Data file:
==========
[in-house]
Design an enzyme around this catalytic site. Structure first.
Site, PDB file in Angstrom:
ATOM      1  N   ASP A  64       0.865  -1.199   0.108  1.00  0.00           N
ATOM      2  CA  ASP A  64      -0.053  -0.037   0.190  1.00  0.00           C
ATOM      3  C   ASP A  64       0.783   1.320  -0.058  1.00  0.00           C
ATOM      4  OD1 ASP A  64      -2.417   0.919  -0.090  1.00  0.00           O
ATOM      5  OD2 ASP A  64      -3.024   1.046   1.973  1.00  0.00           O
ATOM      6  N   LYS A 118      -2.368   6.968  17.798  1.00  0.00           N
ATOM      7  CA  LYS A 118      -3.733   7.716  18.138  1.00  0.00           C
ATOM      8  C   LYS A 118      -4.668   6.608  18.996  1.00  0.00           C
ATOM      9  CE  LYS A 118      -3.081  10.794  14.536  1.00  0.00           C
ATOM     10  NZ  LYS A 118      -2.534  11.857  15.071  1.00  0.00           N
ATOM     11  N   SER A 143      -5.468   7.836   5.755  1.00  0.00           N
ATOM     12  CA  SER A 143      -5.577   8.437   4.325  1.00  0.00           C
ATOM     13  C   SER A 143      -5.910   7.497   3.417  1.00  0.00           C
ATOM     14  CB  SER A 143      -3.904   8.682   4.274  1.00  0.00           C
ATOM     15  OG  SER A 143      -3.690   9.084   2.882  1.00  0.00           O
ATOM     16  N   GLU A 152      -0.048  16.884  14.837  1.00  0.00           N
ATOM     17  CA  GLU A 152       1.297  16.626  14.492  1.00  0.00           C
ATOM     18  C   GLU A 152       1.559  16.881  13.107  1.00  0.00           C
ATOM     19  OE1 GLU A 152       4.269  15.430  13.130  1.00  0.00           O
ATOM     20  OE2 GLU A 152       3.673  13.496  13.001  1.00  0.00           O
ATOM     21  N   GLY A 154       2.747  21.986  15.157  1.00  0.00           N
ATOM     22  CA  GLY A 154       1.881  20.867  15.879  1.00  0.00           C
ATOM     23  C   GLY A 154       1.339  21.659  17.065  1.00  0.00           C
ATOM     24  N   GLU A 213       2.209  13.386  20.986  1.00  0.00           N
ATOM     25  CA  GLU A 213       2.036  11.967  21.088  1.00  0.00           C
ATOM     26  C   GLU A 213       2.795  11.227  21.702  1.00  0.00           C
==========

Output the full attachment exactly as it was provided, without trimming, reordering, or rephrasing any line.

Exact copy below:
[in-house]
Design an enzyme around this catalytic site. Structure first.
Site, PDB file in Angstrom:
ATOM      1  N   ASP A  64       0.865  -1.199   0.108  1.00  0.00           N
ATOM      2  CA  ASP A  64      -0.053  -0.037   0.190  1.00  0.00           C
ATOM      3  C   ASP A  64       0.783   1.320  -0.058  1.00  0.00           C
ATOM      4  OD1 ASP A  64      -2.417   0.919  -0.090  1.00  0.00           O
ATOM      5  OD2 ASP A  64      -3.024   1.046   1.973  1.00  0.00           O
ATOM      6  N   LYS A 118      -2.368   6.968  17.798  1.00  0.00           N
ATOM      7  CA  LYS A 118      -3.733   7.716  18.138  1.00  0.00           C
ATOM      8  C   LYS A 118      -4.668   6.608  18.996  1.00  0.00           C
ATOM      9  CE  LYS A 118      -3.081  10.794  14.536  1.00  0.00           C
ATOM     10  NZ  LYS A 118      -2.534  11.857  15.071  1.00  0.00           N
ATOM     11  N   SER A 143      -5.468   7.836   5.755  1.00  0.00           N
ATOM     12  CA  SER A 143      -5.577   8.437   4.325  1.00  0.00           C
ATOM     13  C   SER A 143      -5.910   7.497   3.417  1.00  0.00           C
ATOM     14  CB  SER A 143      -3.904   8.682   4.274  1.00  0.00           C
ATOM     15  OG  SER A 143      -3.690   9.084   2.882  1.00  0.00           O
ATOM     16  N   GLU A 152      -0.048  16.884  14.837  1.00  0.00           N
ATOM     17  CA  GLU A 152       1.297  16.626  14.492  1.00  0.00           C
ATOM     18  C   GLU A 152       1.559  16.881  13.107  1.00  0.00           C
ATOM     19  OE1 GLU A 152       4.269  15.430  13.130  1.00  0.00           O
ATOM     20  OE2 GLU A 152       3.673  13.496  13.001  1.00  0.00           O
ATOM     21  N   GLY A 154       2.747  21.986  15.157  1.00  0.00           N
ATOM     22  CA  GLY A 154       1.881  20.867  15.879  1.00  0.00           C
ATOM     23  C   GLY A 154       1.339  21.659  17.065  1.00  0.00           C
ATOM     24  N   GLU A 213       2.209  13.386  20.986  1.00  0.00           N
ATOM     25  CA  GLU A 213       2.036  11.967  21.088  1.00  0.00           C
ATOM     26  C   GLU A 213       2.795  11.227  21.702  1.00  0.00           C